In the year since I last contributed to The Notebook, I’ve gradually developed my tailoring skills to improve both accuracy and speed.
I work under Paolo Nicodemi, and he’s been very good at teaching me to examine each step of the coatmaking process and consider how long it should take. I know that the padding of the lapel for example, as I’m doing in the picture above, should take around 15 minutes. When everything is broken down you can work out why a job is taking longer than usual, and I’ve found in the past year that as a result of that process my work simply flows a lot better. That repetition and concentration makes you more accurate too – you can see that in the regularity of stitches in the lapel or chest.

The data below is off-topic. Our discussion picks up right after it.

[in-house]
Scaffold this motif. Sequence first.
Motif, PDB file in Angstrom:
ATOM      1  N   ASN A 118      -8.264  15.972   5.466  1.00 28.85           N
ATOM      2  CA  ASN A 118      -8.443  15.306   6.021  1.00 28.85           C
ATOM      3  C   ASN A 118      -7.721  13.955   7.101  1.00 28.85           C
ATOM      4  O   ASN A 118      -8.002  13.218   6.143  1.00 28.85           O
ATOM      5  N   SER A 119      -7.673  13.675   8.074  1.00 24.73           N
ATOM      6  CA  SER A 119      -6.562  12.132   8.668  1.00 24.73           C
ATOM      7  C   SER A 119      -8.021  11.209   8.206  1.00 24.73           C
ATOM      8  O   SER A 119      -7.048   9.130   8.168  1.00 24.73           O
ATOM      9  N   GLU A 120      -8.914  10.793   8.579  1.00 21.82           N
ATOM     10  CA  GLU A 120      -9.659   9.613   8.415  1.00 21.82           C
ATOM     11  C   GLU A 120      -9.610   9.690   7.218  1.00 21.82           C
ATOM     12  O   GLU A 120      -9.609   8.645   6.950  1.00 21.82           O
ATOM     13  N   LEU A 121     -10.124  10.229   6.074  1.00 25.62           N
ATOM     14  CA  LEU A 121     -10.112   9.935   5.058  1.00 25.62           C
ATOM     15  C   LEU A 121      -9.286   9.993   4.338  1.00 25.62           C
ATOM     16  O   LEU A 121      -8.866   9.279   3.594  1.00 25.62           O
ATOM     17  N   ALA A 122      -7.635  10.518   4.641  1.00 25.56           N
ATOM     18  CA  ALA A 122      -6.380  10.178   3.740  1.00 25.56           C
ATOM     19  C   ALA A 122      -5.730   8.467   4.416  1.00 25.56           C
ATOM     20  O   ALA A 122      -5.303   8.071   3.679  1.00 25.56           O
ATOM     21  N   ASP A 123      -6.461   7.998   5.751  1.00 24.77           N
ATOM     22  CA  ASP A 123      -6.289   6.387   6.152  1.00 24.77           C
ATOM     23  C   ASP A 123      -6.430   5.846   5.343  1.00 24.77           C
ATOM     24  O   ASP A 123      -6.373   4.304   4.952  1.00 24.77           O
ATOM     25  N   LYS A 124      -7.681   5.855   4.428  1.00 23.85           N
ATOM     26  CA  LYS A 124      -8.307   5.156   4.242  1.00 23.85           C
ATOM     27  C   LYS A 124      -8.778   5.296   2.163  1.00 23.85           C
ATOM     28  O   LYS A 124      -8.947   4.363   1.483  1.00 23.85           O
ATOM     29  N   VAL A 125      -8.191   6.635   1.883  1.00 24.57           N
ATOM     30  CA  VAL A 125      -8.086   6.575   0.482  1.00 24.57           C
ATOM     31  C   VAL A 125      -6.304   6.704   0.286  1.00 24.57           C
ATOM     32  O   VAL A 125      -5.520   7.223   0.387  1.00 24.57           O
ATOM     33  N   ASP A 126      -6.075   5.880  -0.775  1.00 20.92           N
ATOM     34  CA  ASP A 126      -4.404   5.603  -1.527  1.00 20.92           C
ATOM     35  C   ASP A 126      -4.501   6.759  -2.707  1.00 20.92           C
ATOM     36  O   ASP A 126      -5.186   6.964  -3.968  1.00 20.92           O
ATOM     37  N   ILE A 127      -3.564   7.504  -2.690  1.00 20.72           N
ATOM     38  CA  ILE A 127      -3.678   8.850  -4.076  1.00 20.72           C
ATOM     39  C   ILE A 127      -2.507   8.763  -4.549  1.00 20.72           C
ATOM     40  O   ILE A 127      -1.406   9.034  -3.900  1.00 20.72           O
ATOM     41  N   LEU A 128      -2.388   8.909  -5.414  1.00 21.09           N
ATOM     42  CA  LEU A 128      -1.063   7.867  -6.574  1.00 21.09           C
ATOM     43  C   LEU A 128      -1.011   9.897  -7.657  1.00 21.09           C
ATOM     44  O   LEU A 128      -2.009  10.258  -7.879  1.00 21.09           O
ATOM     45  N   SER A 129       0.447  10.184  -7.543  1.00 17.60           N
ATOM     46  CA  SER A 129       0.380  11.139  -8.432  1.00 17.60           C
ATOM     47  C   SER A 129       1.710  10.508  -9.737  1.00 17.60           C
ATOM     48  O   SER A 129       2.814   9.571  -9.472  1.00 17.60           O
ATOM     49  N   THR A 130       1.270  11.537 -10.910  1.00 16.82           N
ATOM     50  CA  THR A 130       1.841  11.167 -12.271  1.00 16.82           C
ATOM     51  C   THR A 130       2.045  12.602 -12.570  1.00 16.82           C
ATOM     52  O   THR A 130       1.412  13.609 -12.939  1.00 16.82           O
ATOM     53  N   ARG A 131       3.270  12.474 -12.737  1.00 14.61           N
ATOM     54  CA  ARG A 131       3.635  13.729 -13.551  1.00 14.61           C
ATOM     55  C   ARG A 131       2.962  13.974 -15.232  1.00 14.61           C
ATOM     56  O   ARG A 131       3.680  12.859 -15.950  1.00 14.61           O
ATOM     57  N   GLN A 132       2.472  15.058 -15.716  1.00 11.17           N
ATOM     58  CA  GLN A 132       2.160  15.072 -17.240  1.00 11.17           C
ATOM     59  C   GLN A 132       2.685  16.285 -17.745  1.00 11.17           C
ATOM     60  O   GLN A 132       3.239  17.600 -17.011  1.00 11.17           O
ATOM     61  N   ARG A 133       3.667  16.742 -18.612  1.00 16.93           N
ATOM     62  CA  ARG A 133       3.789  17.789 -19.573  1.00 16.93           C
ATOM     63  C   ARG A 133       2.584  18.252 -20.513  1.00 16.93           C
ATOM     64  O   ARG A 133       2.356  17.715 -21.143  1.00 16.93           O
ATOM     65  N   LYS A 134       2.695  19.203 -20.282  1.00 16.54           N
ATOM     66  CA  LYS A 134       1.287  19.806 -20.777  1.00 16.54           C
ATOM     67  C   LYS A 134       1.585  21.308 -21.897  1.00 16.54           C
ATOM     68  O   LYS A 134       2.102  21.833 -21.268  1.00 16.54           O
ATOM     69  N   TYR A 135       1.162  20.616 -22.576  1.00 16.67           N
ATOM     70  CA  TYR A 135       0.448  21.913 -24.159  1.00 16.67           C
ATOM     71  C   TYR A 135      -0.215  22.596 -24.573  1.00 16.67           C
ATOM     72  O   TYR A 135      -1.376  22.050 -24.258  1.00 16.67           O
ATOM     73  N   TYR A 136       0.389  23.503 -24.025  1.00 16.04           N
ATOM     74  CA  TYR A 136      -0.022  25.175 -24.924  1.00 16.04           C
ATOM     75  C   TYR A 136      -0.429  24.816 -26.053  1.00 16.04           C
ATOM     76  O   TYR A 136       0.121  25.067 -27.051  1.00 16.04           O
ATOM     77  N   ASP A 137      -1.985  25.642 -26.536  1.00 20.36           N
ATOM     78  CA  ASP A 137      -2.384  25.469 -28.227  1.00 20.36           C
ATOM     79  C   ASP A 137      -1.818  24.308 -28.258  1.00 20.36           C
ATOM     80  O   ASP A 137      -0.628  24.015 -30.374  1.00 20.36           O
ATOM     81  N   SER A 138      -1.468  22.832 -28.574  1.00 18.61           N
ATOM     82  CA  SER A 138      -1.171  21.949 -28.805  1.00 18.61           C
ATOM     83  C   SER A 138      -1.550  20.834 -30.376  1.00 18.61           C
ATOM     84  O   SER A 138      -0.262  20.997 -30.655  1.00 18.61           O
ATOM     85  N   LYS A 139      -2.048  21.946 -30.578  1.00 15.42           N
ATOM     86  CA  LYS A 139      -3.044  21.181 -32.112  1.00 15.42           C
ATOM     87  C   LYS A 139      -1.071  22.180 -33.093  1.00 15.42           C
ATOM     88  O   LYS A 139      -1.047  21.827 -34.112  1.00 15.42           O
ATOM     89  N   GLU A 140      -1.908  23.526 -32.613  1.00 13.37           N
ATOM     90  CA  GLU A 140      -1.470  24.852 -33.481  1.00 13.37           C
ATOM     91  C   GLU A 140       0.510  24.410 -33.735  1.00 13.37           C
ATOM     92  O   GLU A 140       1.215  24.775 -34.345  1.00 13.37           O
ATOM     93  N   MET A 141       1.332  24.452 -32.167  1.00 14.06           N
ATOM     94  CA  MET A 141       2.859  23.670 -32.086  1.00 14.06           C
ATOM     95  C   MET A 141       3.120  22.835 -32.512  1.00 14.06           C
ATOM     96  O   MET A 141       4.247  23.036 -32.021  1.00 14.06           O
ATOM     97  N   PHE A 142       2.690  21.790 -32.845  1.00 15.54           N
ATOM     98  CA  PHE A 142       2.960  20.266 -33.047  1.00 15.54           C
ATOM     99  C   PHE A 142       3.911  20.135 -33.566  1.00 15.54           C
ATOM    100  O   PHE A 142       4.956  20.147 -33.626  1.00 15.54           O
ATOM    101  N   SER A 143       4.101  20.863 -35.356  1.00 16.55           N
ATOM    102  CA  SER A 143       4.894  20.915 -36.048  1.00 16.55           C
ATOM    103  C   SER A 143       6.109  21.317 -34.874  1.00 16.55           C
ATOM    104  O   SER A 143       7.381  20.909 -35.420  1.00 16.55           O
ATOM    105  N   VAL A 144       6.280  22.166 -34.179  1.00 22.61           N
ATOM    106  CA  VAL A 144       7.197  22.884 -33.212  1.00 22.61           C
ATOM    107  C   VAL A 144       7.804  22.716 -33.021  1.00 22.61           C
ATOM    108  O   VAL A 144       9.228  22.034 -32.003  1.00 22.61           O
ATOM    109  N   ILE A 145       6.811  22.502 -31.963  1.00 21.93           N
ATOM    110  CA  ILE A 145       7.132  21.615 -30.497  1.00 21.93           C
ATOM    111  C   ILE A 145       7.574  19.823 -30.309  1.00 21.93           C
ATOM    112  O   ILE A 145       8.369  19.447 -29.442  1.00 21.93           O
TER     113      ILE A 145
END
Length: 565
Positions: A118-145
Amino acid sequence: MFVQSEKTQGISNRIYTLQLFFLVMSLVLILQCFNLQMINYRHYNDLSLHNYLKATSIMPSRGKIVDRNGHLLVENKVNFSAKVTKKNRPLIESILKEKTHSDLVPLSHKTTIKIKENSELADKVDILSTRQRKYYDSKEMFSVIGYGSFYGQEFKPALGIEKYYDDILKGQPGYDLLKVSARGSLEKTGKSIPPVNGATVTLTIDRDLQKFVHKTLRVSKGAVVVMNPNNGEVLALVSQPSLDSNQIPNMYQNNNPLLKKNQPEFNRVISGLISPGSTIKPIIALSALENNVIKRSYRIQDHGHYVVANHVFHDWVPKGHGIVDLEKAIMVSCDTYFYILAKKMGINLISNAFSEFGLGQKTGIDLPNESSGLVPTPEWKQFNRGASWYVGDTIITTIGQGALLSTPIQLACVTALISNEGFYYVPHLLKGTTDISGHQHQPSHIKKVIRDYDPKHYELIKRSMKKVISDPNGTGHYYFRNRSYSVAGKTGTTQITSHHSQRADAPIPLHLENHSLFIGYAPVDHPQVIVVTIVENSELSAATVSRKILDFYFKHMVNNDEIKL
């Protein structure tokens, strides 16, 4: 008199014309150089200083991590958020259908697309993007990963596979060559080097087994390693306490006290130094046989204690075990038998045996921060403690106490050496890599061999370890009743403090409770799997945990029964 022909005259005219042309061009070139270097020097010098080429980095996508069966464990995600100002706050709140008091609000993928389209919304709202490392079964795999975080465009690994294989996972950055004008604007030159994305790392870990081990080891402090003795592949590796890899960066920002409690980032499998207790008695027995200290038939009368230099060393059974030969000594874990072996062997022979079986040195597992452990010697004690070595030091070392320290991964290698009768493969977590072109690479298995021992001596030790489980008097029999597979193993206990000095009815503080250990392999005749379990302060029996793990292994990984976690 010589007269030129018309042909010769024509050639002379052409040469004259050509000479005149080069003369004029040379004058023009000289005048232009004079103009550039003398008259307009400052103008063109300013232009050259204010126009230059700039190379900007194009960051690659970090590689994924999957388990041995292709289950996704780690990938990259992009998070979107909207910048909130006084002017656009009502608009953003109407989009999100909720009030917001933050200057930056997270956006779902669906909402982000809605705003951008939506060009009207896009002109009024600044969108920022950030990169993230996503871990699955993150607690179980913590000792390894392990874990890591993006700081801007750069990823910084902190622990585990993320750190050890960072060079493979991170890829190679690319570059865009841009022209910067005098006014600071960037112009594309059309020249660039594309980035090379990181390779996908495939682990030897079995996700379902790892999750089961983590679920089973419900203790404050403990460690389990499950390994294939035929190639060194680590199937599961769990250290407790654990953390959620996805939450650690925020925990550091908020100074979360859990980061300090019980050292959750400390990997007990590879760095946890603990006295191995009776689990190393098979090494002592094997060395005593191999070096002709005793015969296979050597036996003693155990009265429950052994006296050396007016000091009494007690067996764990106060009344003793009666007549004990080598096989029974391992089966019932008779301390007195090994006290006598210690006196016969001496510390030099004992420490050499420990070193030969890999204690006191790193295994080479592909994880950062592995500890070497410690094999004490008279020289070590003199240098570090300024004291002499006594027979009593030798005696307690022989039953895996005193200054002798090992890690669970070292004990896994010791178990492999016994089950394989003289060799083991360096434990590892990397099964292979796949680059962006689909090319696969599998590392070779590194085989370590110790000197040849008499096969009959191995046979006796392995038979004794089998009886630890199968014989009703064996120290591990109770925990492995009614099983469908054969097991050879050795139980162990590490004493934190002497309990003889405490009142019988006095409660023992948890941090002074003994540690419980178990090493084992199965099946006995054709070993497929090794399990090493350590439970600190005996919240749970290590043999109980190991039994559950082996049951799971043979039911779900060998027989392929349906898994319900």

Technical skills that I’ve now mastered include making all the pockets, the sleeves and the side seams – I now do all of those for Paolo. And I’m working towards being able to do a forward fitting entirely myself.
Matching checks on the pockets is obviously hard: we match the jacket, flap and the jet. But the key is preparation – as long as you set it up right, cutting everything correctly and laying it out, then it should work. I can see how matching the jet, particularly on a Prince of Wales check, could seem difficult. But as long as you prepare well it’s easy. Having said that, I didn’t think it was easy a year ago!
My aim over the next few months is to refine these techniques even further and learn to work with a wider range of cloths. Look out for that update here on The Notebook – hopefully it won’t be another year before I’m back.